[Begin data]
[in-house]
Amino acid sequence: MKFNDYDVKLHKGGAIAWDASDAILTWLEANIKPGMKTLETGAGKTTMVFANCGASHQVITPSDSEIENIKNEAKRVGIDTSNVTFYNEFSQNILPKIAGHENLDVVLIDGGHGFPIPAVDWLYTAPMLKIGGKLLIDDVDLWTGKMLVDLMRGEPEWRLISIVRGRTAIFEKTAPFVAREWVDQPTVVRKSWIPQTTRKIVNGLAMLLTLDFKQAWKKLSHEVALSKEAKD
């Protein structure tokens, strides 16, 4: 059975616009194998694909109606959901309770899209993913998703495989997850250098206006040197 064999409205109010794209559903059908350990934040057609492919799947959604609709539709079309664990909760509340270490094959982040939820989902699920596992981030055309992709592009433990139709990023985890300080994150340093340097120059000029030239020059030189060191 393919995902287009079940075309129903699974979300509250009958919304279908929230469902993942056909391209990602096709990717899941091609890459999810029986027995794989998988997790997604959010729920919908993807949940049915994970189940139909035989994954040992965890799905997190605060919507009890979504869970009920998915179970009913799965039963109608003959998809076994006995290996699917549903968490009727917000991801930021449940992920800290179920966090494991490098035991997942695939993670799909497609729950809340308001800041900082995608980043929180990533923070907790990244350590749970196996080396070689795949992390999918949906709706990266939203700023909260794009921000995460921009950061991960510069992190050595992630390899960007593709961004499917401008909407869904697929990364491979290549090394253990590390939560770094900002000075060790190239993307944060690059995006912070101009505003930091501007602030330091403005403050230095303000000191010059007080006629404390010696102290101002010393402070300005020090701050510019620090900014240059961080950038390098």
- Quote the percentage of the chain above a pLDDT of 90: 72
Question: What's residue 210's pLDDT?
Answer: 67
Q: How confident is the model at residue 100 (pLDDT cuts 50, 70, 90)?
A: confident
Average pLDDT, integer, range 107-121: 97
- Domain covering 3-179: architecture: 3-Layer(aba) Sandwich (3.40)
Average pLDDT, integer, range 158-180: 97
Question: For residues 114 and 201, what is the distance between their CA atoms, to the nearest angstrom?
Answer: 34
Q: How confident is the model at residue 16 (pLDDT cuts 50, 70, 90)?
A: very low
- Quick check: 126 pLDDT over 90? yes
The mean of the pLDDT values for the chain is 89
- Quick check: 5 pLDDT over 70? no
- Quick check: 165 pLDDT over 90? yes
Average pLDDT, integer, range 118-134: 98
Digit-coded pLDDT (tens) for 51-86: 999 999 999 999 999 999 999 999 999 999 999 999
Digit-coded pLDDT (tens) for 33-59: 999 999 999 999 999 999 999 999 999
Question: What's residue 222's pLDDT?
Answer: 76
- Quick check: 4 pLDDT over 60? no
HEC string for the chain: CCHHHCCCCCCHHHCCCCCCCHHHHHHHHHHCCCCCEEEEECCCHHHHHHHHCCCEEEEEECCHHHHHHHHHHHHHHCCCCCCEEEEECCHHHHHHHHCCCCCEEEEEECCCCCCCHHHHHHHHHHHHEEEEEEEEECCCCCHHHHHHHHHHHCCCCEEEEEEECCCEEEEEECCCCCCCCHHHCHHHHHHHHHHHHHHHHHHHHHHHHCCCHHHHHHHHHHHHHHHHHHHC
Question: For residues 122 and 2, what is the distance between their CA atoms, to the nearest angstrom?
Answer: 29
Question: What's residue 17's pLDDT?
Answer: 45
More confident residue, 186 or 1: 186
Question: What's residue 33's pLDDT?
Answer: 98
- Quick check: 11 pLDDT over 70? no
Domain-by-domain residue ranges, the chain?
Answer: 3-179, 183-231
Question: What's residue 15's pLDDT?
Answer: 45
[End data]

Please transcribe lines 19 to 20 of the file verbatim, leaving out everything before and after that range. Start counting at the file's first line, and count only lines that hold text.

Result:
- Quick check: 165 pLDDT over 90? yes
Average pLDDT, integer, range 118-134: 98